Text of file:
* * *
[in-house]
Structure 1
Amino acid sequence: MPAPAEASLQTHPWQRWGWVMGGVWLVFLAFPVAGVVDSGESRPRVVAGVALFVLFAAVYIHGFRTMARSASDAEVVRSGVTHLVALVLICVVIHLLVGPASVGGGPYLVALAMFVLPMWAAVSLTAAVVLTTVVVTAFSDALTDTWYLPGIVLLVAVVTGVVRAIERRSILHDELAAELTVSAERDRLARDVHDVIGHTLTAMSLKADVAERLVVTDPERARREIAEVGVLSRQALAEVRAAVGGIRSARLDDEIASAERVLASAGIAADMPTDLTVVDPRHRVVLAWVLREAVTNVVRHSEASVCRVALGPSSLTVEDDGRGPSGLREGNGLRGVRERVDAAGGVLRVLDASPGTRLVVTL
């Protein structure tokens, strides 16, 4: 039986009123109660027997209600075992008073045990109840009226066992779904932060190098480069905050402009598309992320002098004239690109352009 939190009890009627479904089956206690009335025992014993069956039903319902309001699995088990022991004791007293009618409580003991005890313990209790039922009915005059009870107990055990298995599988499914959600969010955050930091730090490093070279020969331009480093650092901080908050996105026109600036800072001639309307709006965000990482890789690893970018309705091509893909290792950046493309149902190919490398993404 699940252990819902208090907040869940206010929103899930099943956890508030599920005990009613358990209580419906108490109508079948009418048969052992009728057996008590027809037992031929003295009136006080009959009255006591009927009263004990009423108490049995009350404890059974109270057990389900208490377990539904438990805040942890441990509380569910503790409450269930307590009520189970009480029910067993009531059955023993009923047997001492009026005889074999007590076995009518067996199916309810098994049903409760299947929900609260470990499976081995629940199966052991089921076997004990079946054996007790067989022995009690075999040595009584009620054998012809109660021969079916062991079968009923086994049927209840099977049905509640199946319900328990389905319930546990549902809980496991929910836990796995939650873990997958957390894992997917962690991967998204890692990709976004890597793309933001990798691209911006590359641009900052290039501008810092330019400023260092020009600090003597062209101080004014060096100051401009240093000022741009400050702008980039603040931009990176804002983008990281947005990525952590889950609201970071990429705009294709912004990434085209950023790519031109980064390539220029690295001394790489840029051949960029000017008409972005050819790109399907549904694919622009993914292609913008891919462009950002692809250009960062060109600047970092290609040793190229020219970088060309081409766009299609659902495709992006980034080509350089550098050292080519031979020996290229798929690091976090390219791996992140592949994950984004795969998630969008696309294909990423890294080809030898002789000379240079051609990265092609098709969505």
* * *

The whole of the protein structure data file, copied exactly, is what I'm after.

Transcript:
[in-house]
Structure 1
Amino acid sequence: MPAPAEASLQTHPWQRWGWVMGGVWLVFLAFPVAGVVDSGESRPRVVAGVALFVLFAAVYIHGFRTMARSASDAEVVRSGVTHLVALVLICVVIHLLVGPASVGGGPYLVALAMFVLPMWAAVSLTAAVVLTTVVVTAFSDALTDTWYLPGIVLLVAVVTGVVRAIERRSILHDELAAELTVSAERDRLARDVHDVIGHTLTAMSLKADVAERLVVTDPERARREIAEVGVLSRQALAEVRAAVGGIRSARLDDEIASAERVLASAGIAADMPTDLTVVDPRHRVVLAWVLREAVTNVVRHSEASVCRVALGPSSLTVEDDGRGPSGLREGNGLRGVRERVDAAGGVLRVLDASPGTRLVVTL
């Protein structure tokens, strides 16, 4: 039986009123109660027997209600075992008073045990109840009226066992779904932060190098480069905050402009598309992320002098004239690109352009 939190009890009627479904089956206690009335025992014993069956039903319902309001699995088990022991004791007293009618409580003991005890313990209790039922009915005059009870107990055990298995599988499914959600969010955050930091730090490093070279020969331009480093650092901080908050996105026109600036800072001639309307709006965000990482890789690893970018309705091509893909290792950046493309149902190919490398993404 699940252990819902208090907040869940206010929103899930099943956890508030599920005990009613358990209580419906108490109508079948009418048969052992009728057996008590027809037992031929003295009136006080009959009255006591009927009263004990009423108490049995009350404890059974109270057990389900208490377990539904438990805040942890441990509380569910503790409450269930307590009520189970009480029910067993009531059955023993009923047997001492009026005889074999007590076995009518067996199916309810098994049903409760299947929900609260470990499976081995629940199966052991089921076997004990079946054996007790067989022995009690075999040595009584009620054998012809109660021969079916062991079968009923086994049927209840099977049905509640199946319900328990389905319930546990549902809980496991929910836990796995939650873990997958957390894992997917962690991967998204890692990709976004890597793309933001990798691209911006590359641009900052290039501008810092330019400023260092020009600090003597062209101080004014060096100051401009240093000022741009400050702008980039603040931009990176804002983008990281947005990525952590889950609201970071990429705009294709912004990434085209950023790519031109980064390539220029690295001394790489840029051949960029000017008409972005050819790109399907549904694919622009993914292609913008891919462009950002692809250009960062060109600047970092290609040793190229020219970088060309081409766009299609659902495709992006980034080509350089550098050292080519031979020996290229798929690091976090390219791996992140592949994950984004795969998630969008696309294909990423890294080809030898002789000379240079051609990265092609098709969505």